Illustration Friday: Up

A little pencil foolishness, with colour added on the computer. There are some offset perspectives happening here but OH WELL, I like the little Gibson Harpy.

Sketch7

I am back, I am dealing with jet lag which I never adequately believed in before, the sketchbook is scanned and I will begin posting it shortly.

However, to begin with, many congratulations to all the nominees and winners of the World Fantasy Award, and of course particular to Vincent Chong, winner of the Artist category with his sepia-soaked, textured worlds, and to my fellow nominees Didier Graffet and Dave Senior, with their clean effective design, J.K. Potter‘s dark collections and Chris Roberts‘ bright nightmares.

Over the first weekend in October I went to Conflux 7 in Canberra. I had a wonderful time, talked to nearly everyone, went to book launches, drank coffee, was given a beautiful bouquet of flowers, banqueted like it was 1929 (I have no pictures of that, but there are quite a few around the traps), spent time with some of my favourite artists, writers and people, then spent several days afterwards simply recovering.

If I do a full con report, you won’t get any report at all, so here are the sketches (the cartoon ones are the sketches I draw and upload on Twitter and Facebook as I go). Clicking on pictures should give you an option to see them at a larger scale.

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Since I’ve been working on specific projects, the current sketchbook hasn’t been filling as fast as usual. It is, however, still in use and I am uploading pictures every now and then. Here are the latest uploads:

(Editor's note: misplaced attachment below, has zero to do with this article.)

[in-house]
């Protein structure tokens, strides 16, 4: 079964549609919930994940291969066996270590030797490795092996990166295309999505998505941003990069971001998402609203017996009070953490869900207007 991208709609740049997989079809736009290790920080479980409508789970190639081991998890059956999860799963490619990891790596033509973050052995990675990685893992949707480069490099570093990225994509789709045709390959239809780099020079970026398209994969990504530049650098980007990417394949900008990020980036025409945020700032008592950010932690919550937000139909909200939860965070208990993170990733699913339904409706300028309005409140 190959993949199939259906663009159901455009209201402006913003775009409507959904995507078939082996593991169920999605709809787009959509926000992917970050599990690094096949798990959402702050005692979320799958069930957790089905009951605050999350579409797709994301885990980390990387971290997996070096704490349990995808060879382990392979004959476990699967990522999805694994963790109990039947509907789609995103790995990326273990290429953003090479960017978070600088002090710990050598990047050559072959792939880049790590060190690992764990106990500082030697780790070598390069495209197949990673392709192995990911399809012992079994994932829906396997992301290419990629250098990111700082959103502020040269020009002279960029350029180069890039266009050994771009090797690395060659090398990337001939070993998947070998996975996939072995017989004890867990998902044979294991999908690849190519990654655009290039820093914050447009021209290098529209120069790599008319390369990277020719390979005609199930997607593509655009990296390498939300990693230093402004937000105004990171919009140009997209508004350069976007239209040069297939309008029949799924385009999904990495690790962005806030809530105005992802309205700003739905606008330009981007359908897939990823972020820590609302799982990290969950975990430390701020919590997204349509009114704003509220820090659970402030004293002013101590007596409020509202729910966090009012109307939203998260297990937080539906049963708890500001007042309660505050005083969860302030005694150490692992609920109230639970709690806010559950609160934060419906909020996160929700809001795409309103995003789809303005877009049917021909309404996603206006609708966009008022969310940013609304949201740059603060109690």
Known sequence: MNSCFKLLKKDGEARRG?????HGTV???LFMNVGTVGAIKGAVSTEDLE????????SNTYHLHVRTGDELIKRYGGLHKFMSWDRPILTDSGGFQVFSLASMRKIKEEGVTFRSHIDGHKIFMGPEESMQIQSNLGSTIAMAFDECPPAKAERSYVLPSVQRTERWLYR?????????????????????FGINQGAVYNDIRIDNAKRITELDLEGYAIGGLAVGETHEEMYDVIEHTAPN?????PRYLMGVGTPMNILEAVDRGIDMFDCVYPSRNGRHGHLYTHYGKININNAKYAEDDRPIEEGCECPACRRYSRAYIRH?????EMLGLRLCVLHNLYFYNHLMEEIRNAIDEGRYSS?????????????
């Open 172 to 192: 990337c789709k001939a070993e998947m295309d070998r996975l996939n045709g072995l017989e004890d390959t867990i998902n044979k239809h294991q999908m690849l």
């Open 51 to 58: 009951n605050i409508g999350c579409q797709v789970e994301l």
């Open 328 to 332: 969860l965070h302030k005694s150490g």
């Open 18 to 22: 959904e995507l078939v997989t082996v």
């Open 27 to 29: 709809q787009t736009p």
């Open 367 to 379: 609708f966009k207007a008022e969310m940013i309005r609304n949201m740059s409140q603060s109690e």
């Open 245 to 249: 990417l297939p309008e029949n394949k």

I don’t know what the tree at top left is, but it was fantastical (the whole of the Old Museum, where the Finders Keepers markets were held, is enchanting). At top right are the Black Hawk helicopters which were on maneuvres past my office window for several weeks.

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Top left is a game of Triad in progress (as in, the ball game from Battlestar Galactica). The musicians are friends of my parents (he built the bookcases in my room at my parents’ house and now go to the church my parents were going to when my dad could still get out – they are also folk musicians). Bottom right begins the queue to see Santa at Indooroopilly:

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And the queue continues over the page, together with a reappearance by the gift tags:

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Teapots at the Tea Centre, a shepherd, wise man and angel, my Christmas… branch, and my mother reading “A Visit from Saint Nick” to my nephews, with commentary and morals (there is a larger version here if you can’t read it).

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We had a traditional Christmas morning: stockings were opened and cross-examined, then we had hot cinnamon rolls, fresh-brewed coffee and orange juice, had showers, did dishes (we like delayed anticipation) and then settled in for opening of presents. Then my mother made blueberry pie (top left) and we lay around groaning until Christmas lunch at 5pm. That weekend I went up to Toowoomba and watched Sherlock Holmes with friends.

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The showing we were going to watch was sold out, so we bought tickets for the next, then went to a coffee shop and drew in each others’ notebooks – Lisa’s is at top right above, Anna’s at top left below, and Aimee’s on the right.